Behavioural biometrics is increasingly considered both for security and non-security related applications. In contrast to traditional modalities such as fingerprint, face or iris, behavioural modalities tend to be much more privacy invasive. Profiling is inherent to the technology itself rather than only a potential secondary activity. Particular user profiles are always at risks to be linked with information from other sources, leading to a large variety of unwanted consequences and long term effects. The usual embedded and hidden collection of data makes it extremely difficult for the affected users to monitor or even control such information flows. Current concepts of data protection like Privacy Enhancing Technology (PET) or Transparency Enhancing Technology (TET) are still insufficient to deal with the arising risks. More comprehensive training about the basic functionality and the potential effects of behavioural biometrics is needed in the absence of convincing technological protection mechanisms.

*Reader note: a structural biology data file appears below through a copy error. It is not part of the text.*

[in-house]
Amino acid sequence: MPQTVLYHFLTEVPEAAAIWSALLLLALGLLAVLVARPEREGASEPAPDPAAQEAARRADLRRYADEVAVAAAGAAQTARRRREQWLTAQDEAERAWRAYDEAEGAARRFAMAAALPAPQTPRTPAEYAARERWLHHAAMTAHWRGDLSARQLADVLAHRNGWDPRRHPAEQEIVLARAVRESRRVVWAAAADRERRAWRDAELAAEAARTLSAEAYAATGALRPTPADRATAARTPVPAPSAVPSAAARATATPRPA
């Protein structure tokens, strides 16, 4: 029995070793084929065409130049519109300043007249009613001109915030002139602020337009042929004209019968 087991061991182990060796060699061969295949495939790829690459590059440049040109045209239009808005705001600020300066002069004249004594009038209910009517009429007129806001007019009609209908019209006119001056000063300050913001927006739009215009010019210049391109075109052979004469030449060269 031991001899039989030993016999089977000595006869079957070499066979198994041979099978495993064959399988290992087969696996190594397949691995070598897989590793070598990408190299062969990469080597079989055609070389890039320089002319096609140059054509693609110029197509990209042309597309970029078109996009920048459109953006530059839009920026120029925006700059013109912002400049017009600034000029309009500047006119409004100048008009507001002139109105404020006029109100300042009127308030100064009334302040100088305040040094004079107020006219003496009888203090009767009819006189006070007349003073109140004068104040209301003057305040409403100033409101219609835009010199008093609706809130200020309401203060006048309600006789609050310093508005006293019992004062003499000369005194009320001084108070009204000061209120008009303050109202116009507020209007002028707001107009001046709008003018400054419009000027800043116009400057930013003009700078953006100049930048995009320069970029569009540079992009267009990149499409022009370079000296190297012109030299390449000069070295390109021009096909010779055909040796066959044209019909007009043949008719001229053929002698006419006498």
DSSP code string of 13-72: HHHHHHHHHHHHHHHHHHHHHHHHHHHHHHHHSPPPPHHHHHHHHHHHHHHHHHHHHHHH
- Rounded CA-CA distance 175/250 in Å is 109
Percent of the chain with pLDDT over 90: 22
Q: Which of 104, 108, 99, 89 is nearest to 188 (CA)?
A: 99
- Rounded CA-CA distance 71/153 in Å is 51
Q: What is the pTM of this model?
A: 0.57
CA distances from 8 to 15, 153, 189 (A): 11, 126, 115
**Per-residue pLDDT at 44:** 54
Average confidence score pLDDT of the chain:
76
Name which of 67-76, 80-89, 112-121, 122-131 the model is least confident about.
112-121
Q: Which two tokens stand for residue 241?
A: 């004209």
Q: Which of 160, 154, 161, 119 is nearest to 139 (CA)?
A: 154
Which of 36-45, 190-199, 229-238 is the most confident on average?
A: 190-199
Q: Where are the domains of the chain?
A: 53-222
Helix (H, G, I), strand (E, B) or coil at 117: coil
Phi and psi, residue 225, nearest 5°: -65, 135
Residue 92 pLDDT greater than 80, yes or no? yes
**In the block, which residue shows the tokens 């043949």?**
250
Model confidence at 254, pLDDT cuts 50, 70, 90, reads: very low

Appears in Collections
Appears in Collections:
Institute for the Protection and Security of the Citizen
978-94-007-3891-1 (print),978-94-007-3892-8 (Online)
Second Generation Biometrics: The Ethical, Legal and Social Context p. 215-227 vol. 11